Annie Dillard wrote, “How we spend our days is, of course, how we spend our lives.” On the first of each month, Catching Days hosts a guest writer in the series, “How We Spend Our Days.” Today, please welcome writer Lidia Yuknavitch.


“The body is our general medium for having a world.”
Maurice Merleau-Ponty, Phenomenology of Perception

It would be fair to say that in life and on the page, I lead with the body. For me the two things that mediate all experience are language and the body, and the body in particular—with its contradictions and fluctuations, with its emotional intensities and crazy drives, with its sensory universe—endlessly fascinates me.

I guess I’m to the point in my life where I’m willing to see just how far writing by and through the body can take me.

I’ve noticed something about the forms and traditions we have inherited in this country when it comes to writing. They don’t particularly fit my corporeal experience. Plot points, tropes, modes of characterization and point of view, even description practices don’t quite line up with my body and what she has to tell. I can’t help but wonder if I’m not the only one who feels this way.

Different questions are emerging just underneath the surface of my skin. Different dreams are crouching in my fingers. What if the story became a series of retinal flashes or sensory jolts? What if the character experiences radical change a hundred times during the course of a single day, rather than a stable and coherent character arc? Who the hell came up with that character arc thing anyway? What a crock. What if language lets loose sometimes and follows the spasms and lunges and retreat of an actual body? What if resolution isn’t the endgame, or even possible? What story does the body have to tell, how might the body inhabit a point of view, how might the body inhabit language? In what forms and rhythms? What images might emerge from underneath the ones we’ve been trained to admire?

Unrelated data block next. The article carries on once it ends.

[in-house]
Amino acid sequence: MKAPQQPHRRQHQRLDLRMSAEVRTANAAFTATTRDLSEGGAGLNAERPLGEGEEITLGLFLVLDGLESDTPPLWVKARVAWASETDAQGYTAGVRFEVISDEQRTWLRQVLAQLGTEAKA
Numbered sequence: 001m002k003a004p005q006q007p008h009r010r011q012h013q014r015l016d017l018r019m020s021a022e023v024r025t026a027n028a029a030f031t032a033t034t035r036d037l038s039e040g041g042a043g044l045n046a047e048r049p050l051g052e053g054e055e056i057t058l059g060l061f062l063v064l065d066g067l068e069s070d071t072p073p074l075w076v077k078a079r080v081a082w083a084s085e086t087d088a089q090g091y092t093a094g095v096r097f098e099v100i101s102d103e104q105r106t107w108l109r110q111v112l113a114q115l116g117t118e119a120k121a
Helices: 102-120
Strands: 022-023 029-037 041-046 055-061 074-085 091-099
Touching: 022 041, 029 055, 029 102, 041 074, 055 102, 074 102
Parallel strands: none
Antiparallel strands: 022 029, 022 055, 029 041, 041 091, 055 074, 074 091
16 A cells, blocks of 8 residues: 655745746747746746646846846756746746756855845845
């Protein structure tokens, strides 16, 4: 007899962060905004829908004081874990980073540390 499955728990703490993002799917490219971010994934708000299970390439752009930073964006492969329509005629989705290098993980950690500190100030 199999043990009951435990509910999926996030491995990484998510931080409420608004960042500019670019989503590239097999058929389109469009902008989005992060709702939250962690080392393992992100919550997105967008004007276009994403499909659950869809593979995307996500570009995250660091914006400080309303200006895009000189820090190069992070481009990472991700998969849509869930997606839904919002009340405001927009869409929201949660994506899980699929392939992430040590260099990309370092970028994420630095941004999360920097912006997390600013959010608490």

This photograph is very dear to me. [see below] I was on a long walk one day in the middle of my life, in my late forties, and I came across this dead baby bird. I looked around the bike-jog-walk path to see if anyone was around. Dead silence. No one and nothing stirred. I squatted down there where something alive had been felled, and before my brain caught up with my actions, I snapped a photo. The dead baby bird was so mind-bogglingly beautiful to me I couldn’t help myself. The individuation of the feathers overwhelmed me. What was left of its eye. The faint blush and blue colors. The texture of almost-wings against black gravel. I couldn’t breathe.

I have many photos of dead birds. There is a reason that dead birds move me. I understand how it may seem morbid to some people. But other people will understand what I mean when I say I have been at the death moment and held a life as it moved from living to otherwhere. I have been at the birth moment too, and this: I have been at the birthdeath moment. So death doesn’t fall into story for me like it does other people. I don’t see a line with a beginning culminating in an ending. In life or in narratives. I see living and dying happening all at once.

The dead baby bird image is thus brutally beautiful to me.

That day, in the presence of the dead baby bird, I convulsed.

What would that physical and emotional convulsion look like on the page? In an image? How would I tell that story? Those are the kinds of writing questions that interest me these days. I look for images and words to convey my corporeal reality.


To have an experience in which the body shudders, emotions surge, in a way that you are not able to control. To affect someone or something suddenly. To loosen language and let it go wherever it desires.

Writing as corporal event horizons.


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1. What is the best book you’ve read in the last few months and how did you choose it?

  • The best book I’ve read in the last few months was Citizen: An American Lyric by Claudia Rankine. I chose it initially because I love Claudia’s poetics, but the second it was in my hands I knew something was up. It had heat shimmer. Right book. Right time. Right place. Right body. Right voice. Sometimes a book flashes up in a moment of danger and changes everyone’s life.

2. Would you give us one little piece of writing advice?

  • Invent your own path. It kind of doesn’t matter how anyone else does it. I know it’s a strong pull to follow the lead of others, especially others that you admire, but in the end? You have to invent yourself, your writing, your writing practice, and no one else’s will work perfectly for you because they are not you. You may as well get to inventing then. Make it up. Embrace it. Ritualize it. Stand up for it. Take a bullet for it. It’s all you have.

3. What is your strangest reading or writing habit?

  • I sleep with new books that I love. I also sleep with my first copies of books that I have written when (if) they are published. Yes in the bed. Literally.

By Lidia Yuknavitch





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Other Writers in the Series